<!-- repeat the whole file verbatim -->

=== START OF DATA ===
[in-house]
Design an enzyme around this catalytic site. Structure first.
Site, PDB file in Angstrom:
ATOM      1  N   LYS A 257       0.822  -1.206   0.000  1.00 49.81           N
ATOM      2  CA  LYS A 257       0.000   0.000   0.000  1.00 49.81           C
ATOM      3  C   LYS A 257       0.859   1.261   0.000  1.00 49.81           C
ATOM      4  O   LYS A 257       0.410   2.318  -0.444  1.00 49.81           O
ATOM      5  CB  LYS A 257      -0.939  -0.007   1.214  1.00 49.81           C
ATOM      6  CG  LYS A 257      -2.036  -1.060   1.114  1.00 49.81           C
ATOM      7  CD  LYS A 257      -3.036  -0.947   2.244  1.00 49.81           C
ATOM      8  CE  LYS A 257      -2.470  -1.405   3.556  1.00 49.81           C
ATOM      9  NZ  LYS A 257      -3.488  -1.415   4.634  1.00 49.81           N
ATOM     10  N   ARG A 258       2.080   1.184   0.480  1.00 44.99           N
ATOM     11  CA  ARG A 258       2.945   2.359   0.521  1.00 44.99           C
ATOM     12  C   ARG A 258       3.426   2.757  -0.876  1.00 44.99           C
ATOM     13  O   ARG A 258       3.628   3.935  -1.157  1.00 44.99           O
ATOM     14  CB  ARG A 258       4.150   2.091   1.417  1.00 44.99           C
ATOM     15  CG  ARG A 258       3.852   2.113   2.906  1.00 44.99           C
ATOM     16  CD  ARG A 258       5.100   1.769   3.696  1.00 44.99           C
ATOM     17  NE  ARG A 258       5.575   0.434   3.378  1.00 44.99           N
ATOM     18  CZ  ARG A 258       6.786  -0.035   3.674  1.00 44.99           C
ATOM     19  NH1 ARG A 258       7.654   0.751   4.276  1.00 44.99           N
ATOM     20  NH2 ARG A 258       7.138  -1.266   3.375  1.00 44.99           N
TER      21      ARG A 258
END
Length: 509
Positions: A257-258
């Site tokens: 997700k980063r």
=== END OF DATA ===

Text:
[in-house]
Design an enzyme around this catalytic site. Structure first.
Site, PDB file in Angstrom:
ATOM      1  N   LYS A 257       0.822  -1.206   0.000  1.00 49.81           N
ATOM      2  CA  LYS A 257       0.000   0.000   0.000  1.00 49.81           C
ATOM      3  C   LYS A 257       0.859   1.261   0.000  1.00 49.81           C
ATOM      4  O   LYS A 257       0.410   2.318  -0.444  1.00 49.81           O
ATOM      5  CB  LYS A 257      -0.939  -0.007   1.214  1.00 49.81           C
ATOM      6  CG  LYS A 257      -2.036  -1.060   1.114  1.00 49.81           C
ATOM      7  CD  LYS A 257      -3.036  -0.947   2.244  1.00 49.81           C
ATOM      8  CE  LYS A 257      -2.470  -1.405   3.556  1.00 49.81           C
ATOM      9  NZ  LYS A 257      -3.488  -1.415   4.634  1.00 49.81           N
ATOM     10  N   ARG A 258       2.080   1.184   0.480  1.00 44.99           N
ATOM     11  CA  ARG A 258       2.945   2.359   0.521  1.00 44.99           C
ATOM     12  C   ARG A 258       3.426   2.757  -0.876  1.00 44.99           C
ATOM     13  O   ARG A 258       3.628   3.935  -1.157  1.00 44.99           O
ATOM     14  CB  ARG A 258       4.150   2.091   1.417  1.00 44.99           C
ATOM     15  CG  ARG A 258       3.852   2.113   2.906  1.00 44.99           C
ATOM     16  CD  ARG A 258       5.100   1.769   3.696  1.00 44.99           C
ATOM     17  NE  ARG A 258       5.575   0.434   3.378  1.00 44.99           N
ATOM     18  CZ  ARG A 258       6.786  -0.035   3.674  1.00 44.99           C
ATOM     19  NH1 ARG A 258       7.654   0.751   4.276  1.00 44.99           N
ATOM     20  NH2 ARG A 258       7.138  -1.266   3.375  1.00 44.99           N
TER      21      ARG A 258
END
Length: 509
Positions: A257-258
């Site tokens: 997700k980063r």